SUMMARY / RELATED TOPICS

Vascular plant

Vascular plants known as tracheophytes, form a large group of plants that are defined as land plants that have lignified tissues for conducting water and minerals throughout the plant. They have a specialized non-lignified tissue to conduct products of photosynthesis. Vascular plants include the clubmosses, ferns and angiosperms. Scientific names for the group include Tracheophyta and Equisetopsida sensu lato; some early land plants had less developed vascular tissue. Botanists define vascular plants by three primary characteristics: Vascular plants have vascular tissues which distribute resources through the plant. Two kinds of vascular tissue occur in plants: phloem. Phloem and xylem are associated with one another and are located adjacent to each other in the plant; the combination of one xylem and one phloem strand adjacent to each other is known as a vascular bundle. The evolution of vascular tissue in plants allowed them to evolve to larger sizes than non-vascular plants, which lack these specialized conducting tissues and are thereby restricted to small sizes.

In vascular plants, the principal generation phase is the sporophyte, which produces spores and is diploid. Vascular plants have true roots and stems if some groups have secondarily lost one or more of these traits. Cavalier-Smith treated the Tracheophyta as a phylum or botanical division encompassing two of these characteristics defined by the Latin phrase "facies diploida xylem et phloem instructa". One possible mechanism for the presumed evolution from emphasis on haploid generation to emphasis on diploid generation is the greater efficiency in spore dispersal with more complex diploid structures. Elaboration of the spore stalk enabled the production of more spores and the development of the ability to release them higher and to broadcast them farther; such developments may include more photosynthetic area for the spore-bearing structure, the ability to grow independent roots, woody structure for support, more branching. A proposed phylogeny of the vascular plants after Kenrick and Crane 1997 is as follows, with modification to the gymnosperms from Christenhusz et al.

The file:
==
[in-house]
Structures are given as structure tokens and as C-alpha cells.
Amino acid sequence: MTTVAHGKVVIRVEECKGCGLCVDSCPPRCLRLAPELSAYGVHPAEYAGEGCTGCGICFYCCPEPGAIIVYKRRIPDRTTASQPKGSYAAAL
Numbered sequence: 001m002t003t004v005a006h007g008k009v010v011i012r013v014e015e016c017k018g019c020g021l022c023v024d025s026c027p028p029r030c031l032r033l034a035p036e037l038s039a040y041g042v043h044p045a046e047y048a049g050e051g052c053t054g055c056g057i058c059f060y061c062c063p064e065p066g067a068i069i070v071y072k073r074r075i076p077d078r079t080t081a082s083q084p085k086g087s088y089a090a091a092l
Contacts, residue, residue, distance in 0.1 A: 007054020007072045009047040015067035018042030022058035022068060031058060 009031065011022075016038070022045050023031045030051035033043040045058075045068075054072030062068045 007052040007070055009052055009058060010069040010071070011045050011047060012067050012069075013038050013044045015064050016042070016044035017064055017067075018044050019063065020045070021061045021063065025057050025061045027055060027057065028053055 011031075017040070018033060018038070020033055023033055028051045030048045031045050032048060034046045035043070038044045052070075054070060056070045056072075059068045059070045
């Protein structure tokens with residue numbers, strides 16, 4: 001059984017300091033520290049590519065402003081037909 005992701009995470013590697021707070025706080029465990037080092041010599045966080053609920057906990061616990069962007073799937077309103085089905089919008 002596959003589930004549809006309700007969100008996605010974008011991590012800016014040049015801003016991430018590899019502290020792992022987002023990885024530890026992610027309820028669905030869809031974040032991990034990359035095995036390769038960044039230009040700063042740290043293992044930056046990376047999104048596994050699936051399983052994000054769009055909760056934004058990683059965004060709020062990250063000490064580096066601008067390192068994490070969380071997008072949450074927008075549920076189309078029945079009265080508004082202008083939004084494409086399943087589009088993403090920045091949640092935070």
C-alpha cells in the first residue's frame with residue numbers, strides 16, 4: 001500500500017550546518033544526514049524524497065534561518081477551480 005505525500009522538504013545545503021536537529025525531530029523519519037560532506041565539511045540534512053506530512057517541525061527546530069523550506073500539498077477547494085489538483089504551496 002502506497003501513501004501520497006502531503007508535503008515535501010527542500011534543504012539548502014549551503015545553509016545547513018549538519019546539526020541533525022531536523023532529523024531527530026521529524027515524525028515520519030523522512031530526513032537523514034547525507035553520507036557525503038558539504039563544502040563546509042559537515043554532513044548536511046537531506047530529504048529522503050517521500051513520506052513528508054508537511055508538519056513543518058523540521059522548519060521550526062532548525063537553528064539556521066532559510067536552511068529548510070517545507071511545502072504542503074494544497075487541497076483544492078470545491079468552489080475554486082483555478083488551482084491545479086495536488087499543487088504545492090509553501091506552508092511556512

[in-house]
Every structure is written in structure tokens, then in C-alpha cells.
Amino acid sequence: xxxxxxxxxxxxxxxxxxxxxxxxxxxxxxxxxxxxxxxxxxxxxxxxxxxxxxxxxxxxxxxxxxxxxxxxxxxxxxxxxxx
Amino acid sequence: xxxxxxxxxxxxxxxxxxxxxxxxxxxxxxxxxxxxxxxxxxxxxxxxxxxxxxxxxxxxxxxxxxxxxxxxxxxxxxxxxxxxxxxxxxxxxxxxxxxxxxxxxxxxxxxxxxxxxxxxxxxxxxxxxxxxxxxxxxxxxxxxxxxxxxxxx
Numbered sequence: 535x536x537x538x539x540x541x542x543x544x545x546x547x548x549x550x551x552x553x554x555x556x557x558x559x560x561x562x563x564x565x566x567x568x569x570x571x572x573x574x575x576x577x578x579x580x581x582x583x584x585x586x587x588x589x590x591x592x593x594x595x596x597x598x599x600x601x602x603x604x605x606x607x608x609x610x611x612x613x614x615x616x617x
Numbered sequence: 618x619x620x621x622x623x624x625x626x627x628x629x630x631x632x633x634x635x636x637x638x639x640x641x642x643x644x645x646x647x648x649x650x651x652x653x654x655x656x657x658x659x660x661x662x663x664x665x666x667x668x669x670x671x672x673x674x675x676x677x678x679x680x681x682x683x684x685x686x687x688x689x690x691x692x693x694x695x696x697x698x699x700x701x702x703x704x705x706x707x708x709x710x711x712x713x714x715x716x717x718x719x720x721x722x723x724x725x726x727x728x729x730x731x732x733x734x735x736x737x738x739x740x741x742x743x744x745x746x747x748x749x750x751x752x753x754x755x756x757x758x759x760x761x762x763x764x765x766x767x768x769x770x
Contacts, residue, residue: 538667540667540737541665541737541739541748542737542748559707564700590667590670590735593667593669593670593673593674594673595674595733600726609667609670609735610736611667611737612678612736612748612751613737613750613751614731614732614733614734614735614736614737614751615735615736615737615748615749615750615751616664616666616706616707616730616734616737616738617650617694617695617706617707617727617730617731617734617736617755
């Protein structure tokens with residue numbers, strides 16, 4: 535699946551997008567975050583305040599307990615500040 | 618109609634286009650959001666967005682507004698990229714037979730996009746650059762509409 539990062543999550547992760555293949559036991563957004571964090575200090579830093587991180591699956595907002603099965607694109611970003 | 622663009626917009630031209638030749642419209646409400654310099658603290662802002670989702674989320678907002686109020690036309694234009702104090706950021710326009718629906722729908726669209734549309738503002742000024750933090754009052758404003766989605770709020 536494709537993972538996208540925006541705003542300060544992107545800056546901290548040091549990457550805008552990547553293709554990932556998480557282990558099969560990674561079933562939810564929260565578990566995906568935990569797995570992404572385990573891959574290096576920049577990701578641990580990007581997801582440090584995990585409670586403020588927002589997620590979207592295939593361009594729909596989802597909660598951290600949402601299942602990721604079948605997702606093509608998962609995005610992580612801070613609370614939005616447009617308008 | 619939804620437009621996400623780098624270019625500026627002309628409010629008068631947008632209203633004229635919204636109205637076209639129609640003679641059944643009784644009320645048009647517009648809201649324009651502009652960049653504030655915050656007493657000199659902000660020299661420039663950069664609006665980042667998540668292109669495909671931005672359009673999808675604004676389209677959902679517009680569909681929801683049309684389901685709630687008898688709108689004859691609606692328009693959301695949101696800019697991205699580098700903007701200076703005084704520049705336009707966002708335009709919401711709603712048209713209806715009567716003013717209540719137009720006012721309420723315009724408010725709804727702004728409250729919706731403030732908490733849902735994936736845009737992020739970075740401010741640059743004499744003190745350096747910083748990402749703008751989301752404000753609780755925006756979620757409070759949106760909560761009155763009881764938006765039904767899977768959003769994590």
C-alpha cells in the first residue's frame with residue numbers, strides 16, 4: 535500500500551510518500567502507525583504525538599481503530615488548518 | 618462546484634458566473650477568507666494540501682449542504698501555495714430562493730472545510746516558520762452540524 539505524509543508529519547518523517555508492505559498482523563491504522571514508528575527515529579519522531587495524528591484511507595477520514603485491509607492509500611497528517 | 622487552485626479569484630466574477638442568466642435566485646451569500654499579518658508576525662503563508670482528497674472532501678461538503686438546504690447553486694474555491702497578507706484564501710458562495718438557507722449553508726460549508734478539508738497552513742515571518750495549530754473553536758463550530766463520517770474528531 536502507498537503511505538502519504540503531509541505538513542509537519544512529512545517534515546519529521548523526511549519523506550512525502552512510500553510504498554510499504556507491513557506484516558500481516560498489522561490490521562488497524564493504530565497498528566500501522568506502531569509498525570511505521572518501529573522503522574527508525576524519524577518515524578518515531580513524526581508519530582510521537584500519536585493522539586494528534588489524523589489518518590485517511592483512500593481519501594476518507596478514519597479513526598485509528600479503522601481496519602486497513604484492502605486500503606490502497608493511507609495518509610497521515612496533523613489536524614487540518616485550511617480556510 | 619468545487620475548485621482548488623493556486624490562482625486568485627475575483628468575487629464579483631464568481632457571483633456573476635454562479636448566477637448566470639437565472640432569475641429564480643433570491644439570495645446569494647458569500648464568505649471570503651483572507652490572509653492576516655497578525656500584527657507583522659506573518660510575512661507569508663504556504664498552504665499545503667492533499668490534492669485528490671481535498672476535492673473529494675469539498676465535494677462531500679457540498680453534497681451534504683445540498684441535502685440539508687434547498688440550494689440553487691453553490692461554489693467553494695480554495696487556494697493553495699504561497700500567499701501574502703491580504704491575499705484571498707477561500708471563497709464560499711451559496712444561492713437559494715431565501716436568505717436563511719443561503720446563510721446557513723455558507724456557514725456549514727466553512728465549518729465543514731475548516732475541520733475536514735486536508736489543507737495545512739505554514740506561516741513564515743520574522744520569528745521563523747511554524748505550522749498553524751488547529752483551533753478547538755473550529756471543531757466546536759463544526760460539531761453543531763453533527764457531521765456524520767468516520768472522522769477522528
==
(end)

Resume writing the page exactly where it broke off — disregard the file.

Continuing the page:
Pteridophyta from Smith et al. and lycophytes and ferns by Christenhusz et al. The cladogram distinguishes the rhyniophytes from the eutracheophytes; this phylogeny is supported by several molecular studies. Other researchers state that taking fossils into account leads to different conclusions, for example that the ferns are not monophyletic. Water and nutrients in the form of inorganic solutes are drawn up from the soil by the roots and transported throughout the plant by the xylem. Organic compounds such as sucrose produced by photosynthesis in leaves are distributed by the phloem sieve tube elements; the xylem consists of vessels in flowering plants and tracheids in other vascular plants, which are dead hard-walled hollow cells arranged to form files of tubes that function in water transport. A tracheid cell wall contains the polymer lignin; the phloem however consists of living cells called sieve-tube members. Between the sieve-tube members are sieve plates, which have pores to allow molecules to pass through.

Sieve-tube members lack such organs as nuclei or ribosomes, but cells next to them, the companion cells, function to keep the sieve-tube members alive. The most abundant compound in all plants, as in all cellular organisms, is water which serves an important structural role and a vital role in plant metabolism. Transpiration is the main process of water movement within plant tissues. Water is transpired from the plant through its stomata to the atmosphere and replaced by soil water taken up by the roots; the movement of water out of the leaf stomata creates a transpiration pull or tension in the water column in the xylem vessels or tracheids. The pull is the result of water surface tension within the cell walls of the mesophyll cells, from the surfaces of which evaporation takes place when the stomata are open. Hydrogen bonds exist between water molecules; the draw of water upwards may be passive and can be assisted by the movement of water into the roots via osmosis. Transpiration requires little energy to be used by the plant.

Transpiration assists the plant in absorbing nutrients from the soil as soluble salts. Living root cells passively absorb water in the absence of transpiration pull via osmosis creating root pressure, it is possible for there to be no evapotranspiration and therefore no pull of water towards the shoots and leaves. This is due to high temperatures, high humidity, darkness or drought. Xylem and phloem tissues are involved in the conduction processes within plants. Sugars are conducted throughout the plant in the phloem and other nutrients through the xylem. Conduction occurs from a source to a sink for each separate nutrient. Sugars are produced in the leaves by photosynthesis and transported to the growing shoots and roots for use in growth, cellular respiration or storage. Minerals are absorbed in t

Flora Zambesiaca

Flora Zambesiaca is an ongoing botanical project aimed at achieving a full account of the flowering plants and ferns of the Zambezi River basin covering Zambia, Mozambique, Zimbabwe and the Caprivi Strip, is published by the Royal Botanic Gardens, Kew. The work is published in parts or whole volumes as and when the relevant families are completed, is over the halfway mark; some 24 500 plant species have been described so far. The majority of the line illustration plates in the first volume were by Miss L. M. Ripley and Miss G. W. Dalby; the Flora Zambesiaca project was set in motion in 1950 by Arthur Wallis Exell when he returned to the British Museum from his wartime activities with the Government Communications Headquarters at Bletchley Park - he was co-editor of Flora Zambesiaca from 1962 onwards. The present survey is under the editorship of Jonathan Timberlake who works in the Herbarium at the Royal Botanic Gardens, Kew. Flora Zambesiaca search Natural History Museum